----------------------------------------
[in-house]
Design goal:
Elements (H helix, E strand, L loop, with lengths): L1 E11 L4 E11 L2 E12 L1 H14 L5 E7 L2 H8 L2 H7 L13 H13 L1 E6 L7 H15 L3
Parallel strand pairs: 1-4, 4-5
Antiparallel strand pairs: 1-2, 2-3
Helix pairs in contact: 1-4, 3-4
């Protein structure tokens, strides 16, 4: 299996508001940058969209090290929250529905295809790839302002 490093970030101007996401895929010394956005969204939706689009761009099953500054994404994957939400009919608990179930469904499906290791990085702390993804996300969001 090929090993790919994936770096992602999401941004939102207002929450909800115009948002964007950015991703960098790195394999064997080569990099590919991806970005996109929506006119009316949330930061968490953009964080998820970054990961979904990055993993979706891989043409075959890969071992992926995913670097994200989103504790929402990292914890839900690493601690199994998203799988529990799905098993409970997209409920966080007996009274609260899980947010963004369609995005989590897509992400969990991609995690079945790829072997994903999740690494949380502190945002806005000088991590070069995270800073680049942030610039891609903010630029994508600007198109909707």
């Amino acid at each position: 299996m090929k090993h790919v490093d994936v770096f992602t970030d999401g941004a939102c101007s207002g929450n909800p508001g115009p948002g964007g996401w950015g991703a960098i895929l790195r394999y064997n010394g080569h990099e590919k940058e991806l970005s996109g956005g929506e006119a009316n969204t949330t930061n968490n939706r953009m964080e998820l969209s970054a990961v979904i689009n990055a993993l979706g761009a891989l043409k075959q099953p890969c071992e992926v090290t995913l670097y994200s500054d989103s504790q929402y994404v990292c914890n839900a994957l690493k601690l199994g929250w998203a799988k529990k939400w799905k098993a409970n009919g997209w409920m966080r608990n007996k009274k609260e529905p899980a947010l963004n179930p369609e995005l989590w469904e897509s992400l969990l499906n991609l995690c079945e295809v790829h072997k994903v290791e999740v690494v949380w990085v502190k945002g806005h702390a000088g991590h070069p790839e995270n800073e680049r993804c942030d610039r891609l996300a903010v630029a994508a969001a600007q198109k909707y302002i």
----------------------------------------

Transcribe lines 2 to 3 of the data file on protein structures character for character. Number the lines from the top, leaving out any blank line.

Design goal:
Elements (H helix, E strand, L loop, with lengths): L1 E11 L4 E11 L2 E12 L1 H14 L5 E7 L2 H8 L2 H7 L13 H13 L1 E6 L7 H15 L3